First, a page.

Displaying and Organizing Loose Parts - Kodo Kids

Co-Authored By:

Miriam Beloglovsky – Playful Transformation
Kasey Kile, Director of Professional Development – Kodo Kids
Diane Spahn, Director of Education – Kodo Kids

Many questions that we hear involving Loose Parts have to do with how we organize and display the Loose Parts. 

A simple concept to consider when organizing materials is “less is more”. 

When there is a combination of too many types of Loose Parts, children may find it difficult to choose or make decisions on the different ways they can use them. It is important, though, to consider having more than one of the same type of Loose Parts to assist children in organizing their ideas and increasing their creativity. 

To get started, consider the following:

1. Establish Loose Parts Categories: 

As you begin collecting Loose Parts for your environment, it might be helpful to categorize them. Through this process, it will assist in ensuring that you have a variety of Loose Parts to further children’s innovative capacities. Some examples of categories include:

  • Metal
  • Plastic
  • Natural
  • Textiles
  • Paper
  • Ceramics
  • Wood
  • Miscellaneous
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2. Plan Time to Organize

Organization takes time. It is important to create time in your schedule to organize and sort the various Loose Parts that you are incorporating into the environment. To prevent yourself from getting overwhelmed, it might be beneficial to segment short amounts of time or have a friend or teaching partner assist in this organization process.

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3. Select the Containers:

This is an important aspect of organizing Loose Parts. As you consider the containers to display the Loose Parts, do not forget about the existing shelves you already have in your environment. This will help you decide the size and shape of the containers. When selecting the containers, consider the following:

  • Baskets can add culture and interest to the environment. For example, many baskets from Africa are handwoven, easy to clean, are soft, and do not have rough edges. These beautifully made baskets can be great additions to the Infant/Toddler environment.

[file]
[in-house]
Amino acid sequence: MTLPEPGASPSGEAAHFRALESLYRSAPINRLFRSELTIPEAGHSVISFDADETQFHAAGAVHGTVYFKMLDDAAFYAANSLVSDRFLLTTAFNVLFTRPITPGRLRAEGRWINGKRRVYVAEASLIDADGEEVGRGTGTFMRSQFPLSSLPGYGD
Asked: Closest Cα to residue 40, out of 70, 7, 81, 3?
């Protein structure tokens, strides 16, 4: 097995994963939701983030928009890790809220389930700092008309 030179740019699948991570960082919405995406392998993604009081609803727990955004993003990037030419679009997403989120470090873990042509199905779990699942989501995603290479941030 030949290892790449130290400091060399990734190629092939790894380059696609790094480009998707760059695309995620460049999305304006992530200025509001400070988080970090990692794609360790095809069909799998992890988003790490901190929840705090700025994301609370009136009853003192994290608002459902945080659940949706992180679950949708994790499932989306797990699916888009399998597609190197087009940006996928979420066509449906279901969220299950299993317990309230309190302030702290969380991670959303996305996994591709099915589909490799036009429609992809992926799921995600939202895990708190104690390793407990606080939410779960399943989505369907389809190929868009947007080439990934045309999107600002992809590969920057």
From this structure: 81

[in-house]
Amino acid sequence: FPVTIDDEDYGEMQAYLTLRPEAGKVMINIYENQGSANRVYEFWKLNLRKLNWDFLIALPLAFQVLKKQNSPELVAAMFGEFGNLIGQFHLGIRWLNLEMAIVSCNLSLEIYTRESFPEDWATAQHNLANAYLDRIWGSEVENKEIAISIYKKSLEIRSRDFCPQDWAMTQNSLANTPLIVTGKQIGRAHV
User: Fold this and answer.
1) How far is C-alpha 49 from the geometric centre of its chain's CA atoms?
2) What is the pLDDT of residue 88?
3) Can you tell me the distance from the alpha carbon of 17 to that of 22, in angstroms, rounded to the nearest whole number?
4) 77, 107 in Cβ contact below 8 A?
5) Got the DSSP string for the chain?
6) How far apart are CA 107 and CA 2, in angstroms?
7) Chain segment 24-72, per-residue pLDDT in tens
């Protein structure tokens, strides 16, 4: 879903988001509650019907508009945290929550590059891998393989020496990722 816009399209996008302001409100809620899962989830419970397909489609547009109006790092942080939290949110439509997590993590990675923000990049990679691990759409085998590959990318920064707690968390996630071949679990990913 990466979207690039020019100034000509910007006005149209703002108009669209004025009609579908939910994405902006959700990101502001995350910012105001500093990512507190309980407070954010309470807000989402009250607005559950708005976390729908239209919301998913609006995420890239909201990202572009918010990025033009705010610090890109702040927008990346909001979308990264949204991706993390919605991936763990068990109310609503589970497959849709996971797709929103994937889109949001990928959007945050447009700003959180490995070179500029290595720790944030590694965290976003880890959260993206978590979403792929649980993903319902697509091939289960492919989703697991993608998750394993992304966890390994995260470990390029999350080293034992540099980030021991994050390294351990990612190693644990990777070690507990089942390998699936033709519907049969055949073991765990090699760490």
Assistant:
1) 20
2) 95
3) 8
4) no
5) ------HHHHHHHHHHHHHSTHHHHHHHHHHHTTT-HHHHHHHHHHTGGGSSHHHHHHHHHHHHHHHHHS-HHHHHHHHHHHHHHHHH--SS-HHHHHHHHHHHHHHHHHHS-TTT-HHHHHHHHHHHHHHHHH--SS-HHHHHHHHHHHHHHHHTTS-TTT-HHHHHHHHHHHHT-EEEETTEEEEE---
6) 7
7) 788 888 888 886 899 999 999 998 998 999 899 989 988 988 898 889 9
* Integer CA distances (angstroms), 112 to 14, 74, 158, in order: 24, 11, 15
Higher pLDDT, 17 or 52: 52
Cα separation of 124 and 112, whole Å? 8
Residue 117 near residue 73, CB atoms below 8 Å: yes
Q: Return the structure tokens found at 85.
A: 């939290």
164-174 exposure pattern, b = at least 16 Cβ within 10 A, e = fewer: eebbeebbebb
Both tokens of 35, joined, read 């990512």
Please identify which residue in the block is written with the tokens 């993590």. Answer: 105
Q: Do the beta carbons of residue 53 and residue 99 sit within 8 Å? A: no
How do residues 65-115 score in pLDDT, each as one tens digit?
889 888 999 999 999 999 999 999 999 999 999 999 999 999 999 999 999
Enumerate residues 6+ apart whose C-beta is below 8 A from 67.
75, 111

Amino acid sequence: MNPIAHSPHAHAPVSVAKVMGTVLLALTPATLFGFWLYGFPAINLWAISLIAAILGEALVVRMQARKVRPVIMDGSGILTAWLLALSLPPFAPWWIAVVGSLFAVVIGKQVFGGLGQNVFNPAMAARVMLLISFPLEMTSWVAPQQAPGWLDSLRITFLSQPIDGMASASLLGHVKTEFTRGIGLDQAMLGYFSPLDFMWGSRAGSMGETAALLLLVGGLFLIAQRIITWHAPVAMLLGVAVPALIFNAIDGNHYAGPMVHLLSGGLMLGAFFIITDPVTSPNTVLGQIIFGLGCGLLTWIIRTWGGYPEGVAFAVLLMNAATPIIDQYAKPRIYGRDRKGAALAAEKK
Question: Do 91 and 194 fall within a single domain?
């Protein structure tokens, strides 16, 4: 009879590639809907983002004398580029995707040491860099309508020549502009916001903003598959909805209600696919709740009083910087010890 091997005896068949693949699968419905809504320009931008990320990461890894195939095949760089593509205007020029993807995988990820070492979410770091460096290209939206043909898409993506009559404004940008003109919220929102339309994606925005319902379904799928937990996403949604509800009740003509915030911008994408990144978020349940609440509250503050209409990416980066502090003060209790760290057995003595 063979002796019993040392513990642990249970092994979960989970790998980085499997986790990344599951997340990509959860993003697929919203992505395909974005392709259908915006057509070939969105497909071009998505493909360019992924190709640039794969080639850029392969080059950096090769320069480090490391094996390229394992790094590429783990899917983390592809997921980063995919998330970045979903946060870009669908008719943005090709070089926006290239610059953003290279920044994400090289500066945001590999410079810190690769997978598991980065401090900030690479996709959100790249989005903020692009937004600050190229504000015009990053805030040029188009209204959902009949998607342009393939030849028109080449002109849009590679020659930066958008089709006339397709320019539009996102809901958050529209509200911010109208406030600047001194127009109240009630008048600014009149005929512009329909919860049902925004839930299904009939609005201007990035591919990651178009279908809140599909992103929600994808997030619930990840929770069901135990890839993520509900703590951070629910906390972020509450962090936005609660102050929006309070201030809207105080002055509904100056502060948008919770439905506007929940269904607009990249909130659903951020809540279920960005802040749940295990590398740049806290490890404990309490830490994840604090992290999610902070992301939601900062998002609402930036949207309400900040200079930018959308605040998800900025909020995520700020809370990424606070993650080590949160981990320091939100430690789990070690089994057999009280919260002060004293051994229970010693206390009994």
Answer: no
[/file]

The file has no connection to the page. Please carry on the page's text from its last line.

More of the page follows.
• Wooden boxes come in a variety of shapes and sizes that can be easily sealed for durability. 
  • Acrylic and plastic containers can be considered, but keep simplicity in mind when making your selections. Look for those that are neutral in color or transparent. Containers that are too colorful or garish may distract from the Loose Parts and make the display too overwhelming. 
  • Metal trays and baking sheets make wonderful containers to store Loose Parts. Combining metal Loose Parts with metal containers can create a cohesive message. 
  • Fabric or felt bowls are another option that can be used to store Loose Parts. These types of containers bring a variation to the display and storage available. 
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Photo credits: Ray Lewchuk

4. Consider Accessibility and Availability

Consider the space that you have available in your environment. If you have a large classroom, then have the opportunity to utilize Loose Parts in all areas of the environment. However, if your space is smaller, it might be beneficial to rotate the Loose Parts to add complexity to children’s play. When rotating materials it is important to observe, document, and make considerations to children’s interests and ideas. Additionally, make Loose Parts accessible to children by placing them on shelves that allow them to independently use them in their play.


If you are interested in learning more about Loose Parts, join our online Professional Learning Community here.